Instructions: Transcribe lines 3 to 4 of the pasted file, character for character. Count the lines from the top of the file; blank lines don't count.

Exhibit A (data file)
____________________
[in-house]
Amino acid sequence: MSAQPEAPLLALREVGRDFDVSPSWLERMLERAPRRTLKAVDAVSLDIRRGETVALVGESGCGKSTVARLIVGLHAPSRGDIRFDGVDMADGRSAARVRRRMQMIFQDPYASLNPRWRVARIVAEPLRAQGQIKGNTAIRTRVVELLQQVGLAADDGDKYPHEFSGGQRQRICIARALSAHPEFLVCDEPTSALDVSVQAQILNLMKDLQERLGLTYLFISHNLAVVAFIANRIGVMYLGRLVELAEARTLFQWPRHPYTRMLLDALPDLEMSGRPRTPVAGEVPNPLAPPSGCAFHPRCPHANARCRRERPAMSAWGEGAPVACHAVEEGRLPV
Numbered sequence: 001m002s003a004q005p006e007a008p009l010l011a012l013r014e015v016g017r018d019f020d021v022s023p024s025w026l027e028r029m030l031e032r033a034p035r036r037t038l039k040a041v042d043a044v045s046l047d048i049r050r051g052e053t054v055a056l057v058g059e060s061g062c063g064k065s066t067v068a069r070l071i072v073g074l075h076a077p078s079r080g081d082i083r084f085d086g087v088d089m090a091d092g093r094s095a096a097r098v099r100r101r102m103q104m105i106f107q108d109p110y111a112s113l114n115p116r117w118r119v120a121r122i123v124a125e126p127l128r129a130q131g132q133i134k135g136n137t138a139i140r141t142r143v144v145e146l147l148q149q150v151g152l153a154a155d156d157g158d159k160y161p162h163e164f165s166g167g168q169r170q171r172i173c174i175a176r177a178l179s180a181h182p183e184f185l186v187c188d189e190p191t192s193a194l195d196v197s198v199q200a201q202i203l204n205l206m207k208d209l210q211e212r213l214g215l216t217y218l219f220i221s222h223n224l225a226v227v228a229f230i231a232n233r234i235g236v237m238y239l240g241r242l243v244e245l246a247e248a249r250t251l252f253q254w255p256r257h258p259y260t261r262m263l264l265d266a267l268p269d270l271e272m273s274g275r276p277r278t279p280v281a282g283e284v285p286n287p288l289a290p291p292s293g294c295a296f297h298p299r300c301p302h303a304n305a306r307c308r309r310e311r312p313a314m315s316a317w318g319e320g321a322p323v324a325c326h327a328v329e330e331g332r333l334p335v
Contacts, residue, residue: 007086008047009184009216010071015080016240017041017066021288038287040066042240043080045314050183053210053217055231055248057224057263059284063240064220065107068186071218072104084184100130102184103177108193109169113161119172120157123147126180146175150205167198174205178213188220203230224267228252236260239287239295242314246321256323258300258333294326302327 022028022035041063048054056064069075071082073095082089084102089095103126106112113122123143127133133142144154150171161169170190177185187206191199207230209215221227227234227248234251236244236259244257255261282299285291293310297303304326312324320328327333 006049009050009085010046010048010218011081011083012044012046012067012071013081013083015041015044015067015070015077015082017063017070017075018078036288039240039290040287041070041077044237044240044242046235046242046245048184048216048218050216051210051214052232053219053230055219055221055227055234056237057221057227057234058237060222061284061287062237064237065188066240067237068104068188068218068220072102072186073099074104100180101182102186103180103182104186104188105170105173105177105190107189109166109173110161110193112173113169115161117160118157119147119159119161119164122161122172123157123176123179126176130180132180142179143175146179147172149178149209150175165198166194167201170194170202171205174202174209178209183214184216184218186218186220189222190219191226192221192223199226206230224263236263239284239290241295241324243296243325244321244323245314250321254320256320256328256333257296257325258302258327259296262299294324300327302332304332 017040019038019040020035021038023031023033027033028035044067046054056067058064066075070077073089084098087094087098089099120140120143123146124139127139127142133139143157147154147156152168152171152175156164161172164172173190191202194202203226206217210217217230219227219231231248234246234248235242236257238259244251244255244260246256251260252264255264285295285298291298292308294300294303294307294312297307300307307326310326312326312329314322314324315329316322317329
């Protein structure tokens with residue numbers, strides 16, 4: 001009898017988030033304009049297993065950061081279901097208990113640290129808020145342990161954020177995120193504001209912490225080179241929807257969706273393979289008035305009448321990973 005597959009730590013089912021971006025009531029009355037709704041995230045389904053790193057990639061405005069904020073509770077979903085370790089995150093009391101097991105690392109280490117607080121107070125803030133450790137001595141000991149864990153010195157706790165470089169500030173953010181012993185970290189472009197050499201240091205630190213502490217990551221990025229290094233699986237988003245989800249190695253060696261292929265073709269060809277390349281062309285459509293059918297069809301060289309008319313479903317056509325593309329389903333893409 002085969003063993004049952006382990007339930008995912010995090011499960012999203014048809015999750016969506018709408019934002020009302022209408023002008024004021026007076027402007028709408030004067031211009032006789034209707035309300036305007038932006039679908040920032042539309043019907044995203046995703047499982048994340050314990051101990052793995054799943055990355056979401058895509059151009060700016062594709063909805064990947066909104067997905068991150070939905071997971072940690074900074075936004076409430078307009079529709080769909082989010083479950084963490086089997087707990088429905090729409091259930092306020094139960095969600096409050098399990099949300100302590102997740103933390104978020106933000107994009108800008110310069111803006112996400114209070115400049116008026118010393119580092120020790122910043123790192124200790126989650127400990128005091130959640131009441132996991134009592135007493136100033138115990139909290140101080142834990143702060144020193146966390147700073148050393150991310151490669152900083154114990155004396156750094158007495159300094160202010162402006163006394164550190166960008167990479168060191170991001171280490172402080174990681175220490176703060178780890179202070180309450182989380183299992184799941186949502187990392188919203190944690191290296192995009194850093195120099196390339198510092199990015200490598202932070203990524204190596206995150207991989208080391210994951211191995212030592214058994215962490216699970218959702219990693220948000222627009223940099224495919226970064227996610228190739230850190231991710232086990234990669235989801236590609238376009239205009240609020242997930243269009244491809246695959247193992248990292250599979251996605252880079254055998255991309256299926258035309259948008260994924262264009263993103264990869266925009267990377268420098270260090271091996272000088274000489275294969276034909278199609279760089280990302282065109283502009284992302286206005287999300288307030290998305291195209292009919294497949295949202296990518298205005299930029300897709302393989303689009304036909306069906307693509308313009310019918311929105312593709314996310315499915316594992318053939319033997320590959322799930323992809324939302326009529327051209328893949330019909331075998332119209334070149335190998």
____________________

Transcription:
Numbered sequence: 001m002s003a004q005p006e007a008p009l010l011a012l013r014e015v016g017r018d019f020d021v022s023p024s025w026l027e028r029m030l031e032r033a034p035r036r037t038l039k040a041v042d043a044v045s046l047d048i049r050r051g052e053t054v055a056l057v058g059e060s061g062c063g064k065s066t067v068a069r070l071i072v073g074l075h076a077p078s079r080g081d082i083r084f085d086g087v088d089m090a091d092g093r094s095a096a097r098v099r100r101r102m103q104m105i106f107q108d109p110y111a112s113l114n115p116r117w118r119v120a121r122i123v124a125e126p127l128r129a130q131g132q133i134k135g136n137t138a139i140r141t142r143v144v145e146l147l148q149q150v151g152l153a154a155d156d157g158d159k160y161p162h163e164f165s166g167g168q169r170q171r172i173c174i175a176r177a178l179s180a181h182p183e184f185l186v187c188d189e190p191t192s193a194l195d196v197s198v199q200a201q202i203l204n205l206m207k208d209l210q211e212r213l214g215l216t217y218l219f220i221s222h223n224l225a226v227v228a229f230i231a232n233r234i235g236v237m238y239l240g241r242l243v244e245l246a247e248a249r250t251l252f253q254w255p256r257h258p259y260t261r262m263l264l265d266a267l268p269d270l271e272m273s274g275r276p277r278t279p280v281a282g283e284v285p286n287p288l289a290p291p292s293g294c295a296f297h298p299r300c301p302h303a304n305a306r307c308r309r310e311r312p313a314m315s316a317w318g319e320g321a322p323v324a325c326h327a328v329e330e331g332r333l334p335v
Contacts, residue, residue: 007086008047009184009216010071015080016240017041017066021288038287040066042240043080045314050183053210053217055231055248057224057263059284063240064220065107068186071218072104084184100130102184103177108193109169113161119172120157123147126180146175150205167198174205178213188220203230224267228252236260239287239295242314246321256323258300258333294326302327 022028022035041063048054056064069075071082073095082089084102089095103126106112113122123143127133133142144154150171161169170190177185187206191199207230209215221227227234227248234251236244236259244257255261282299285291293310297303304326312324320328327333 006049009050009085010046010048010218011081011083012044012046012067012071013081013083015041015044015067015070015077015082017063017070017075018078036288039240039290040287041070041077044237044240044242046235046242046245048184048216048218050216051210051214052232053219053230055219055221055227055234056237057221057227057234058237060222061284061287062237064237065188066240067237068104068188068218068220072102072186073099074104100180101182102186103180103182104186104188105170105173105177105190107189109166109173110161110193112173113169115161117160118157119147119159119161119164122161122172123157123176123179126176130180132180142179143175146179147172149178149209150175165198166194167201170194170202171205174202174209178209183214184216184218186218186220189222190219191226192221192223199226206230224263236263239284239290241295241324243296243325244321244323245314250321254320256320256328256333257296257325258302258327259296262299294324300327302332304332 017040019038019040020035021038023031023033027033028035044067046054056067058064066075070077073089084098087094087098089099120140120143123146124139127139127142133139143157147154147156152168152171152175156164161172164172173190191202194202203226206217210217217230219227219231231248234246234248235242236257238259244251244255244260246256251260252264255264285295285298291298292308294300294303294307294312297307300307307326310326312326312329314322314324315329316322317329